Firstly they have been proven to be rather expensive for what little speed gain they have provided. Secondly the whole idea of the kits was to make the cars look different and to increase interest from manufacturers. Instead we have all of the cars looking identical this year because the kits have converged to one another. We also still have just two manufacturers. Finally the amount of debris produced by the kits concerns me.

      They just seem to be nothing more than an expensive flop to me. They’ve made the cars a bit quicker and a few records have fallen, but at that cost? It’s not really worth it to be honest.

    12. Nice try to score points Wolff. Make sure you suck up to the boss eh? Maybe they can tweak the rules to ensure you stay in first for a few more years?

      To pick apart your argument quickly, you said it’s not BE’s fault however that digital audiences are taking over from TV. Who has recently said F1 doesn’t need social media or young fans? Who has pushed F1 onto pay TV? Who is blocking any presence on social media or streaming?

      1. Maybe Toto is just being a little indirect @petebaldwin. He can’t openly attack Bernie. He has to say it’s not Bernie’s fault and then neatly lay out every way Bernie’s doing it wrong, with his big smile.

    13. Is Toto being serious when he asks how to make money out of the Digital audiences?
      There is a lot of cases of companies making their all business out of digital audiences!
      Even Keith quit his job to work full time on this site followed by digital audiences!

      F1 is going on the right way for making money, with the membership to their site to get access to new features. If they provide more content such as interactive fees, video on-demand, loads of historical videos, with some for free to gain interest, then they can make money out of it.

      1. I would pay to download races if it’s with the right commentary, HD and extra goodies. Doesn’t even have to be live.

        1. @balue Exactly. If they have good content on the site, they can make money, no doubt.
          They will not make money if they ask ridiculous sums of money for these contents though…

          1. There are so many sites that do this on the down low in real time, but I guess that is not what this discussion is about(?) Just narrow your search parameters and update your security. Maybe it is different in North America, where I view, but I doubt it. Man, I was mad when FOM shut down the F1archives, it was the best site on the web, aside from F1fanatic. I have watched Sky coverage for ages for nada, and don’t feel especially guilty for the service as I am inundated with the same commercial barrage as the next viewer.. Although I am still to purchase my first Rolex… my dirty secret as an F1 fan.

    14. Not a fan of casinos but I have an insatiable urge to visit the Sky Casino in Auckland and I had never heard of it until today.

      1. Put all of your money on 44…

    15. Of course Ecclestone is “not to blame for F1’s popularity slide” — nor is the FIA, pay-TV, the stewards, the strategy and technical groups, the Concord agreement, the teams, the drivers, Hermann Tilke or even David Coulthard.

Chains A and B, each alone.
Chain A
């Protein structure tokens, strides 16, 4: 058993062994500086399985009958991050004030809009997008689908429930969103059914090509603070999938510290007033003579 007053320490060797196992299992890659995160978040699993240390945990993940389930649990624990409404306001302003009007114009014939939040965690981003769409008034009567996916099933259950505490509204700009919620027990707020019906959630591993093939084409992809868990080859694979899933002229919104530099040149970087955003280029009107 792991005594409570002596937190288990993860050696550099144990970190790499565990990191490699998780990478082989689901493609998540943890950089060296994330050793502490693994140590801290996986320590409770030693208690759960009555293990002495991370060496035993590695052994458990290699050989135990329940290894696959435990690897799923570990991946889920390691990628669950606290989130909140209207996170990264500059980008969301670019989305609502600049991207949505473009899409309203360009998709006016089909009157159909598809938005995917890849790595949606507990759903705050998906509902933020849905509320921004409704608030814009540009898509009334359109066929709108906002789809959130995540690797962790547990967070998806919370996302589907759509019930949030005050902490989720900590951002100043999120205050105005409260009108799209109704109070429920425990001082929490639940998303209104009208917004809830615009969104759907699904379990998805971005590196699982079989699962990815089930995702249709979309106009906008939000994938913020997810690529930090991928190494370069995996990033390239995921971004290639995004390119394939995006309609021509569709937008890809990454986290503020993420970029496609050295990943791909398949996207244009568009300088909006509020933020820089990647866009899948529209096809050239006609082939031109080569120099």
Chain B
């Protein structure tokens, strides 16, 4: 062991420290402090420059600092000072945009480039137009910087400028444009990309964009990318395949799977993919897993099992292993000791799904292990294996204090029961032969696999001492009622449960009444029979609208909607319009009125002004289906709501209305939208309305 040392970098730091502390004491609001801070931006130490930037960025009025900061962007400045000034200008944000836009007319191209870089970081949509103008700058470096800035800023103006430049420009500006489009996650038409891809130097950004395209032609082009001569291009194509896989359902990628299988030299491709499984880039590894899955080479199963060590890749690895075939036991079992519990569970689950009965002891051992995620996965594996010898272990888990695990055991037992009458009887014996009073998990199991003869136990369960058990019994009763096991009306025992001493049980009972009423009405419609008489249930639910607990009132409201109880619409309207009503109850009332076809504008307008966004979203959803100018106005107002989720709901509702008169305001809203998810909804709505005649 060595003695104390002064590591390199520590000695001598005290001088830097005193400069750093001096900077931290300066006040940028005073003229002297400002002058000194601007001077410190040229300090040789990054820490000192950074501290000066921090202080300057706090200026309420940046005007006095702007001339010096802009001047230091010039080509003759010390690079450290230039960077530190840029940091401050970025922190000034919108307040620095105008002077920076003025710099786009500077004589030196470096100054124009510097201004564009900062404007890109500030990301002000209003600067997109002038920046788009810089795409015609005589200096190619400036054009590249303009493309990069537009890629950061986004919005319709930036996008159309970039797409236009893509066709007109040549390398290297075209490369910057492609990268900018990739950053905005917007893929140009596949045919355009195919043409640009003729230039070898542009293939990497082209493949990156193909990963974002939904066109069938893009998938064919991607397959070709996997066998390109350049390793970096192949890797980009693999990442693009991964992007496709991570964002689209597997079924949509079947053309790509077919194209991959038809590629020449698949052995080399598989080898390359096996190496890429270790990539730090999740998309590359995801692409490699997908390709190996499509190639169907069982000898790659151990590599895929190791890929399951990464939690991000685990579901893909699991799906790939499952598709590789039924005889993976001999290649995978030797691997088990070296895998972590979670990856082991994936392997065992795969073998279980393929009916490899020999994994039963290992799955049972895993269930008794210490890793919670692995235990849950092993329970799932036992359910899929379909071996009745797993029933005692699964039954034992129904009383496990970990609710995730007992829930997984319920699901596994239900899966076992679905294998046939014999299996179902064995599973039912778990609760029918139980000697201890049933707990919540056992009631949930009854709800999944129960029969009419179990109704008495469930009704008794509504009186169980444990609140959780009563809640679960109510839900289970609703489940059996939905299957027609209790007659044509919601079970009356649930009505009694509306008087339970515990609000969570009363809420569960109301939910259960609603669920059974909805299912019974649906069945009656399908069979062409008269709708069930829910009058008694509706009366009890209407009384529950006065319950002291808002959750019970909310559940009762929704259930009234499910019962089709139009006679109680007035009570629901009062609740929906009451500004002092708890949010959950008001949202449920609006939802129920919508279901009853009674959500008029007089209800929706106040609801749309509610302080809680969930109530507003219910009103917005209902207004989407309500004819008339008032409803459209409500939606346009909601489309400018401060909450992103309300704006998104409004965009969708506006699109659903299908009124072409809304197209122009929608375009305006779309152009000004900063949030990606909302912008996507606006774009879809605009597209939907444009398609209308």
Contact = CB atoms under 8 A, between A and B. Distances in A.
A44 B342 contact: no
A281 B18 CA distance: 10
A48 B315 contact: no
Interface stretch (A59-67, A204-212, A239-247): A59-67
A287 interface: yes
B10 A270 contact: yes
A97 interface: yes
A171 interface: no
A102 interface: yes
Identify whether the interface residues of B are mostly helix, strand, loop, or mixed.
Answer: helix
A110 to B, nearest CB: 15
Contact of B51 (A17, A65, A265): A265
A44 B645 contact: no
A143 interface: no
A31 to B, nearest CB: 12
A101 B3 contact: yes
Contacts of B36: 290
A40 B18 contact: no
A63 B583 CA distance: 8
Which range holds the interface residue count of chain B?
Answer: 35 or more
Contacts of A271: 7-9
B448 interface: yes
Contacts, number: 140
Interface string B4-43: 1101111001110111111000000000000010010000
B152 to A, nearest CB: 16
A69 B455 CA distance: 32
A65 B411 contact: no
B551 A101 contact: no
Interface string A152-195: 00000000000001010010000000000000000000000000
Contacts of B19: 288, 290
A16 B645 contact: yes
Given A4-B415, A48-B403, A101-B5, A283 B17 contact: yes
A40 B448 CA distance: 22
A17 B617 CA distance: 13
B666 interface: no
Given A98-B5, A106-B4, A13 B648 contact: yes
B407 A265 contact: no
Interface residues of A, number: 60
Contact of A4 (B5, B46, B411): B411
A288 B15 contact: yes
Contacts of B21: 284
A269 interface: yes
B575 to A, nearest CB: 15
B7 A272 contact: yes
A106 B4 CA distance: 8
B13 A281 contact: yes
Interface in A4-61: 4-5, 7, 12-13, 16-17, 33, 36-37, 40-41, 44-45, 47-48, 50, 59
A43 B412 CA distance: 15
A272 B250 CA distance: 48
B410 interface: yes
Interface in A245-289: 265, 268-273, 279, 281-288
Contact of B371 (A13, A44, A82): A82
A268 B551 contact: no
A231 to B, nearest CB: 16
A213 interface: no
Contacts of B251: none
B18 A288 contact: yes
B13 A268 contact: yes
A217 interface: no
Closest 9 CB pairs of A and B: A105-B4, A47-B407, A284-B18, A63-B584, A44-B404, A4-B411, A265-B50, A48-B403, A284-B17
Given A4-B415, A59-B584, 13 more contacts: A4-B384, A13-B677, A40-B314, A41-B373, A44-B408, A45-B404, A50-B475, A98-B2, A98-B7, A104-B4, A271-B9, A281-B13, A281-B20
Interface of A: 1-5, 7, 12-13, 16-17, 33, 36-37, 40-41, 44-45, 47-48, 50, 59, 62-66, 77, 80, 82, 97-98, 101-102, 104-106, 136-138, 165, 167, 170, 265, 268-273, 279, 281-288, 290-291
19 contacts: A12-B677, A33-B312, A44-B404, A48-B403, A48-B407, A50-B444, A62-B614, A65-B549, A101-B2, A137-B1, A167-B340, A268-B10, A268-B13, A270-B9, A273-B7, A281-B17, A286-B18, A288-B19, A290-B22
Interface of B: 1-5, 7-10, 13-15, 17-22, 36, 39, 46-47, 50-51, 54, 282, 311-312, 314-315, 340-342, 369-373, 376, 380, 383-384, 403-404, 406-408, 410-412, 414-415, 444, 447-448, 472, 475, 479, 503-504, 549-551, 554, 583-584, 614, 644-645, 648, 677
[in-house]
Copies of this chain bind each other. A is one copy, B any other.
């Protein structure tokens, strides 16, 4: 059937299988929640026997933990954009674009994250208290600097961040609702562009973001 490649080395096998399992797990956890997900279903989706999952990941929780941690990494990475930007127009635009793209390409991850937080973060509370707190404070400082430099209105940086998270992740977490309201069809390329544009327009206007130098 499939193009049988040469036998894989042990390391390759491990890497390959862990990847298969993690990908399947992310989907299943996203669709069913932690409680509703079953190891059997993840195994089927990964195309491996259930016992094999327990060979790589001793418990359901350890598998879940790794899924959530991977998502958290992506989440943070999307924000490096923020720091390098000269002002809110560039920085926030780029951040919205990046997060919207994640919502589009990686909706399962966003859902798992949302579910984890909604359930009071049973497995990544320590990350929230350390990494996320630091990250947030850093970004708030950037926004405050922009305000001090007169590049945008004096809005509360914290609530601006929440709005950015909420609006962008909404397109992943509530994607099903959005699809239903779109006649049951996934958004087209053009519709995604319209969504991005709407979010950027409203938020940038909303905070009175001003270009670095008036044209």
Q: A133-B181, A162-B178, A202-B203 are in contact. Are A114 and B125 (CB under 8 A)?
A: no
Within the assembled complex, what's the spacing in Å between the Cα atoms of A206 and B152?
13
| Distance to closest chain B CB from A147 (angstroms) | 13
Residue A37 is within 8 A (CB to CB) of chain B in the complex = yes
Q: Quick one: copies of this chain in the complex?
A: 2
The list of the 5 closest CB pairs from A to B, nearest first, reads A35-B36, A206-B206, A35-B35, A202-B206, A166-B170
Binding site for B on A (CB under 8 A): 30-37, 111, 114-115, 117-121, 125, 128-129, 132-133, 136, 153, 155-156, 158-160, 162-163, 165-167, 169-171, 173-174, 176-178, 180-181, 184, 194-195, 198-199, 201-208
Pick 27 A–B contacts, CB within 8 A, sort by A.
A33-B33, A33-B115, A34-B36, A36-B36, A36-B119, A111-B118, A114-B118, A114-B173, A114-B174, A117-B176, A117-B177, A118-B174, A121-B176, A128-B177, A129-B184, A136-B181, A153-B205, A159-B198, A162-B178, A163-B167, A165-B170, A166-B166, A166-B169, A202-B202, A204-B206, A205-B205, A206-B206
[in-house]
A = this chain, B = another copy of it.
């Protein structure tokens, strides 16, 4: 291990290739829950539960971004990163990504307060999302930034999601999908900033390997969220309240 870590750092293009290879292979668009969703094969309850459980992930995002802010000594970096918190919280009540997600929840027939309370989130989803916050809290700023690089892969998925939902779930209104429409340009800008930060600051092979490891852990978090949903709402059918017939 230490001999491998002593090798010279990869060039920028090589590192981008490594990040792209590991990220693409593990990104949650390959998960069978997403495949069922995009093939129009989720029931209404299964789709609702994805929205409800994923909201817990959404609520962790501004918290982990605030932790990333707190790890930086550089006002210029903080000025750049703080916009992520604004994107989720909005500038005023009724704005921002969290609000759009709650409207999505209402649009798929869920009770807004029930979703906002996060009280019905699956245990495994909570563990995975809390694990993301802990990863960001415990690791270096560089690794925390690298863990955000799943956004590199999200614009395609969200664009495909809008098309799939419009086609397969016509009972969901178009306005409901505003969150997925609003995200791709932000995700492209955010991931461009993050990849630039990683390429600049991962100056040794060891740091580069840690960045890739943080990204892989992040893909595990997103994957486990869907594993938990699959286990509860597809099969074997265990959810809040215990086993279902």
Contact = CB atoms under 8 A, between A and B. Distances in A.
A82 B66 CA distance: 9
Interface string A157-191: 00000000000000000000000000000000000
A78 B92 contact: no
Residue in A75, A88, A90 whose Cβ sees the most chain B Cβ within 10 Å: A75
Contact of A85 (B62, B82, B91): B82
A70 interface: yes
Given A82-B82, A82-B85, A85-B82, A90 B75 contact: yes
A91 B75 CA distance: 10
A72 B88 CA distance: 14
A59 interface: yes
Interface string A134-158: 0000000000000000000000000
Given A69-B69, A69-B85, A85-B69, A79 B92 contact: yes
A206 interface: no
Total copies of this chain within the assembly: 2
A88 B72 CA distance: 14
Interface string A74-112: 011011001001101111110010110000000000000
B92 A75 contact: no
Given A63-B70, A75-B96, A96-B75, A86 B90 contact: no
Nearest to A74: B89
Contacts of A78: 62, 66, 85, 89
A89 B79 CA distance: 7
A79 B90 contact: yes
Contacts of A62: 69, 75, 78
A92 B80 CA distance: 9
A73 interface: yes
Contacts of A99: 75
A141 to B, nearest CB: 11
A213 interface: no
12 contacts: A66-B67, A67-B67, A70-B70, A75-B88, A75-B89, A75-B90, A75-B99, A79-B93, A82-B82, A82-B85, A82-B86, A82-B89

We, the fans, are responsible. We are the “population” that makes “popularity” … we don’t like what we’re seeing, we don’t like stupidity being rammed down our throats, we don’t like the most glorious chapter of motorsport being reduced to a wrestling spectacle.

      1. Guilty as charged!

    16. I started watching F1 because they sounded awesome and had the looks to match it. Now they sound like crap and in a year or two will look like crap with the halo/canopy. So enough for me to stop. And if I stop watching I don’t care what happens in F1’s future, they might aswell stop or go to 1000 kg weigth or lose many more viewers. I Wouldn’t care at that point. So to me and probably to many others, the looks and sound are the first concerns. The racing is allready poor, so what is there left besides looks and sound. Nothing.
      And most people wonder what is behind the falling spectator numbers. A bunch of geniuses.
      You might call me shallow, but who cares, a spectator is a spectator, whatever the reason. The money he pays is still the same.

      1. It used to be the drivers and the tracks that were the attraction. I feel for those who have no access to fine history of this sport. The magnificent courage of the drivers and the uncompromising dedication of the engineers is what attracted me to Formula 1. It is sad that this is being lost.

        1. I for one will watch every race until they run it into the ground.

        2. This really hit home for me, the courage and guts needed to drive in the old days is all gone now.
          Since around the mid 2000s the drivers have become spoilt smooth talking media managing blank faces.

          An ordinary auto driver on the streets of Bangalore has more guts and takes more risks than any of this useless lot.
          I just find it impossible to respect or appreciate them.

          1. Then you truly are ignorant.

            1. No I am correct.
              Try driving an auto on outer ring road and then tell me which is harder.
              No fancy trauma center, no crash protecting shell, no helicopter transport…nothing.
              Just guts and hard work to survive for another day.
              Previously F1 was over callous now its the other extreme cotton wool level safety.